Keeping Up Appearances
First, my post about Mayor Hamilton’s bash this past weekend, decrying his use of a city-owned stage/reviewing stand plastered with Bloomington logos, elicited plenty of reaction. I’d say the response was fairly evenly split between people who think I was picking nits and those who feel the mayor would have been better off covering up city logos while he paraded his party’s candidates before attendees of his fifth annual Hamilton Family & Friends Picnic.
The candidates and the logo.
Geoff McKim provided us with a link to the City of Bloomington’s Event Permits & Mobile Stage Rental page. Anybody, apparently, can apply for and, within reason, expect to be able to use the mobile stage for an event.
So Hamilton wasn’t breaking any laws (not that I implied that) or committing any sin, mortal or venial. Bloomington’s chapter of Black Lives Matter can apply for and probably get to use the mobile stage and if someone gets around to photographing the group’s event, there’ll be the city’s logo, clear as can be. Said photo could then be taken to imply that the city endorsed whatever the event was. I suppose the KKK could also apply to use the mobile stage as well and, if they got it, wouldn’t that be a black eye for the city.
Simple solution: erase the city’s logo from the stage so that, in the future, anybody can use it and no one can be confused as to the city’s intentions. When the city wants to use the mobile stage for official events, simply attach to it banners emblazoned with the city logo.
So, was my post a nitpick? Perhaps. But optics is everything. Call my original post an optic-pick.
Ya Gotta Have Friends
You know what’s most remarkable about the Trump presidency? It’s the fact that any number of reprobates, bootlickers, lick-spittlers, numbskulls, fellow greed monkeys, villains, ogres, and general ne’er-do-wells have become something akin to heroic after leaving the employ of the man who fancies himself the Boss of America.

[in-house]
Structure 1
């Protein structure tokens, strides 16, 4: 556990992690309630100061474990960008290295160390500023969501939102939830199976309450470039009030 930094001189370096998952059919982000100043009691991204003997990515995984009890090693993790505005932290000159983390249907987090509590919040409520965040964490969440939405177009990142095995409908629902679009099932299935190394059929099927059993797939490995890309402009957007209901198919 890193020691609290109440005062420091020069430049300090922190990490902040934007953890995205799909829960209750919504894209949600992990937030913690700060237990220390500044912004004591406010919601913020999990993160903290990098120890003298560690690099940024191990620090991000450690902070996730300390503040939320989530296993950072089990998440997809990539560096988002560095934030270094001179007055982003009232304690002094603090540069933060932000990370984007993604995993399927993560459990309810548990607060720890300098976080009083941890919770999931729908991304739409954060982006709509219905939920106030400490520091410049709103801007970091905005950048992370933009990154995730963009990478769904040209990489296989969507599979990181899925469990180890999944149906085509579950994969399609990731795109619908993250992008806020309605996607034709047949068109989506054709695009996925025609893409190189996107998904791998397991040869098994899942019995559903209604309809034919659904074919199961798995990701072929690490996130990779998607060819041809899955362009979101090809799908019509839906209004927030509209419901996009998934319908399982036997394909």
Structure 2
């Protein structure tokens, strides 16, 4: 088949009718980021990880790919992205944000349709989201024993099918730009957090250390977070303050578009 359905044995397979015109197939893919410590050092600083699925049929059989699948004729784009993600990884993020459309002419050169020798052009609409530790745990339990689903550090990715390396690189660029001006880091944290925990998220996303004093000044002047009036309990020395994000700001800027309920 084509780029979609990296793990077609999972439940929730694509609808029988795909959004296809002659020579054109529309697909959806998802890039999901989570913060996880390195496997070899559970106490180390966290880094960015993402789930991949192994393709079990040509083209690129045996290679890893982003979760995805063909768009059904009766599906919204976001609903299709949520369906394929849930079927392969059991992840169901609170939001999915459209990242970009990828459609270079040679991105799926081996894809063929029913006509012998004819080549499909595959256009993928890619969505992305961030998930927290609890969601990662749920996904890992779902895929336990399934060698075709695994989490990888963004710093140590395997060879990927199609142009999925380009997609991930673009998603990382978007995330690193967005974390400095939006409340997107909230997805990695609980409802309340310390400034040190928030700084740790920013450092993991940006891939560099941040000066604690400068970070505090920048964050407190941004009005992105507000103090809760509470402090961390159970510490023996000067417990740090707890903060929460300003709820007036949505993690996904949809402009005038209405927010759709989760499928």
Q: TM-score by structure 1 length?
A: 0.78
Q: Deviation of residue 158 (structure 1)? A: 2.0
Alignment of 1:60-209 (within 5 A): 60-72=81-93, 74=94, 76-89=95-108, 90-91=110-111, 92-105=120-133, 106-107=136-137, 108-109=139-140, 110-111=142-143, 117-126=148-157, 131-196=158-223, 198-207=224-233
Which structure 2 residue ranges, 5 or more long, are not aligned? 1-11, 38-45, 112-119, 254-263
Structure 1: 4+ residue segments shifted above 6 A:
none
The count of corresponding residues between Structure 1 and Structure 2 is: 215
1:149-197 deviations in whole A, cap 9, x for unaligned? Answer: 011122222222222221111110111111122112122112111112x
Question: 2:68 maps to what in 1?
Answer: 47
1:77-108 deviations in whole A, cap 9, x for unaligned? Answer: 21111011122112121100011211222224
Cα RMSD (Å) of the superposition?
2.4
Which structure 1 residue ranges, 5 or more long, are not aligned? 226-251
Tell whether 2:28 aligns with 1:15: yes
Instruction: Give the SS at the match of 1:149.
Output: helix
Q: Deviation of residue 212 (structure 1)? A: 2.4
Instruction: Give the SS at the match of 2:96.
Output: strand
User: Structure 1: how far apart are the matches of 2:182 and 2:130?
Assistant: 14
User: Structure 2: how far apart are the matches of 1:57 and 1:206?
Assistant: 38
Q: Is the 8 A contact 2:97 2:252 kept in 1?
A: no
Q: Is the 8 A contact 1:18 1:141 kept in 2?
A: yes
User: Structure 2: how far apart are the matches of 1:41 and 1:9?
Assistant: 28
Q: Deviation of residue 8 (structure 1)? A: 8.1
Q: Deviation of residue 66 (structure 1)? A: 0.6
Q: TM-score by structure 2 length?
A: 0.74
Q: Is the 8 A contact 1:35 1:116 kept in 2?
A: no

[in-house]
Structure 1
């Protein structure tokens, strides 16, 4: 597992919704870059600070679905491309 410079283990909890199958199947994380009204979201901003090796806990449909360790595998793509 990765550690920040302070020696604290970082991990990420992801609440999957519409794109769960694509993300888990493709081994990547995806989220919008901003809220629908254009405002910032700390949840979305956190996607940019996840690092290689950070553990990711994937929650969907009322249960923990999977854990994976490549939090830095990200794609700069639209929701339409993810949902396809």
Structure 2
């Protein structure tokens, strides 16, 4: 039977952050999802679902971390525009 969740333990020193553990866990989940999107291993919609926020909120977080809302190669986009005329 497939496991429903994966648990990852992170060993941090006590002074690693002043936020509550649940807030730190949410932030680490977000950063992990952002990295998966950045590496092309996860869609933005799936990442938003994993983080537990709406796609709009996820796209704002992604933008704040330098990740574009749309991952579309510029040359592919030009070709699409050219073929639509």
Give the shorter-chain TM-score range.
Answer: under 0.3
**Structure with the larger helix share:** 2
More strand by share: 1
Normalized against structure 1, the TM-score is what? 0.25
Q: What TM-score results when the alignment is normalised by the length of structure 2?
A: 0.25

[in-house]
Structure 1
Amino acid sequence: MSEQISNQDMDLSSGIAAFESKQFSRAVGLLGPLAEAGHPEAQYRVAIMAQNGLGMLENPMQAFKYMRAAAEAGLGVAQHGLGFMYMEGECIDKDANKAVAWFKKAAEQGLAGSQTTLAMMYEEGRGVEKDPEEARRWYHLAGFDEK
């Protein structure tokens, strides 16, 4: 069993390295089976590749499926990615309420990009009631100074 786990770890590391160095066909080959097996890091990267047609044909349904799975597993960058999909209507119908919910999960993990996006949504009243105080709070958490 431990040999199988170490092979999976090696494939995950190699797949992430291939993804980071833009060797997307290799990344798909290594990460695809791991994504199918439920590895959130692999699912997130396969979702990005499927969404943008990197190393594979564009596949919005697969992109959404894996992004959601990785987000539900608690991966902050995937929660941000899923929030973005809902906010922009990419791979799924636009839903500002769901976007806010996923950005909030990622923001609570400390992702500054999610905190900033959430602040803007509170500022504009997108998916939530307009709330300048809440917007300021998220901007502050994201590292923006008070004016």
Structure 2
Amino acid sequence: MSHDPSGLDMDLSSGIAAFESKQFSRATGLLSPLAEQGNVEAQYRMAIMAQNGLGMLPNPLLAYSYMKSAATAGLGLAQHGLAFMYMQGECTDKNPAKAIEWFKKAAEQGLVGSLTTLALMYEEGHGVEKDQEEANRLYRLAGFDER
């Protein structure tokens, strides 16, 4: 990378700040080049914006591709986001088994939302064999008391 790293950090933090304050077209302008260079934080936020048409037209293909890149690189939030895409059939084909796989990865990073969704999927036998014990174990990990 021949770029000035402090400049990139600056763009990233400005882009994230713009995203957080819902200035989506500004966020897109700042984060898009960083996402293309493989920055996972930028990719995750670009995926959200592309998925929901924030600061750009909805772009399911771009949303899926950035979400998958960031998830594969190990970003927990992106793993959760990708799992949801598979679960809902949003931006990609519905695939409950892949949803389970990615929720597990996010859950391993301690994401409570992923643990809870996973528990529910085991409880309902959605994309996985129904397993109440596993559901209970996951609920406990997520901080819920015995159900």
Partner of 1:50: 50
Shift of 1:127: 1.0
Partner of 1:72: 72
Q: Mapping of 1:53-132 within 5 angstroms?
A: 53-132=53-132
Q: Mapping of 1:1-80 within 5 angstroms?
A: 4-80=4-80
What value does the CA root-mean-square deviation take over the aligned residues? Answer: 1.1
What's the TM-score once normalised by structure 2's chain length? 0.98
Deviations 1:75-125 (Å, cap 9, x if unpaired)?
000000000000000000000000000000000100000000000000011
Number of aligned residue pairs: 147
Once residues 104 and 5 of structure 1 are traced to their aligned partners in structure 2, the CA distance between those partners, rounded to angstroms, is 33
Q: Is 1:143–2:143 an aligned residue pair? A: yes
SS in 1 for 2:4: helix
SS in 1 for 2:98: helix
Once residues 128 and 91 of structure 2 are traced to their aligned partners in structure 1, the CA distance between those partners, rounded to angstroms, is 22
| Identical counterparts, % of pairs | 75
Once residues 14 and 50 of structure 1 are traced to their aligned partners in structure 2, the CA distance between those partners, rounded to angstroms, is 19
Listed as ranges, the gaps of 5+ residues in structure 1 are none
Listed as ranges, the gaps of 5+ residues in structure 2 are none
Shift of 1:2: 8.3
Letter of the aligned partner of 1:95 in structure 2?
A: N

Anthony Scaramucci, for instance, prior to becoming — then un-becoming — Trump’s White House Director of Communications (read: squealer, as in Animal Farm) was as respectable as Chinatown‘s Noah Cross. Nicknamed, appropriately, The Mooch, he represents pretty much all that is distasteful and even downright dangerous about the Goldman Sachs outfit that, in league with several other syndicates, runs this holy land. Yet, when he was given the axe by the erstwhile lead character of “The Apprentice,” Scaramucci turned on his former capo with a vengeance, characterizing Trump as “horrific” and “despicable,” as if the poor naive lamb had no idea who the Stable Genius really was before taking a job under him. Nevertheless, Scaramucci suddenly became our pal once his Trump-disses aired over the last few weeks.
Then there were the likes of fixer Michael Cohen, inexplicable celebrity and token dark-skinned person Omarosa, and erstwhile segregationist Jeff Sessions, among others, who lambasted their ex-kingfish to one degree or another, either in books or during interviews with TV personalities. As each of them shredded Trump, our hearts became at least a little bit warmer toward them. After all, enemy of my enemy is my friend.
The latest fiend to become our friend is John Bolton, he of the itchy trigger finger. Bolton either quit or was fired yesterday because he basically wanted the president to, y’know, act like a president. Now he’s going public to characterize Li’l Duce as a liar and an impulsive lout, as if neither he nor we knew those things two days ago. Still, because Bolton’s bad-mouthing Trump, he’s becoming…, well, one of us.
Truth is, though, he isn’t one of us. Never was. Never will be. But as long as he’s teed off at President Gag, we’re coming thisclose to embracing him, even if we have take decontamination showers after doing so.
Not us, them.
With friends like these….
Is It Or Isn’t It?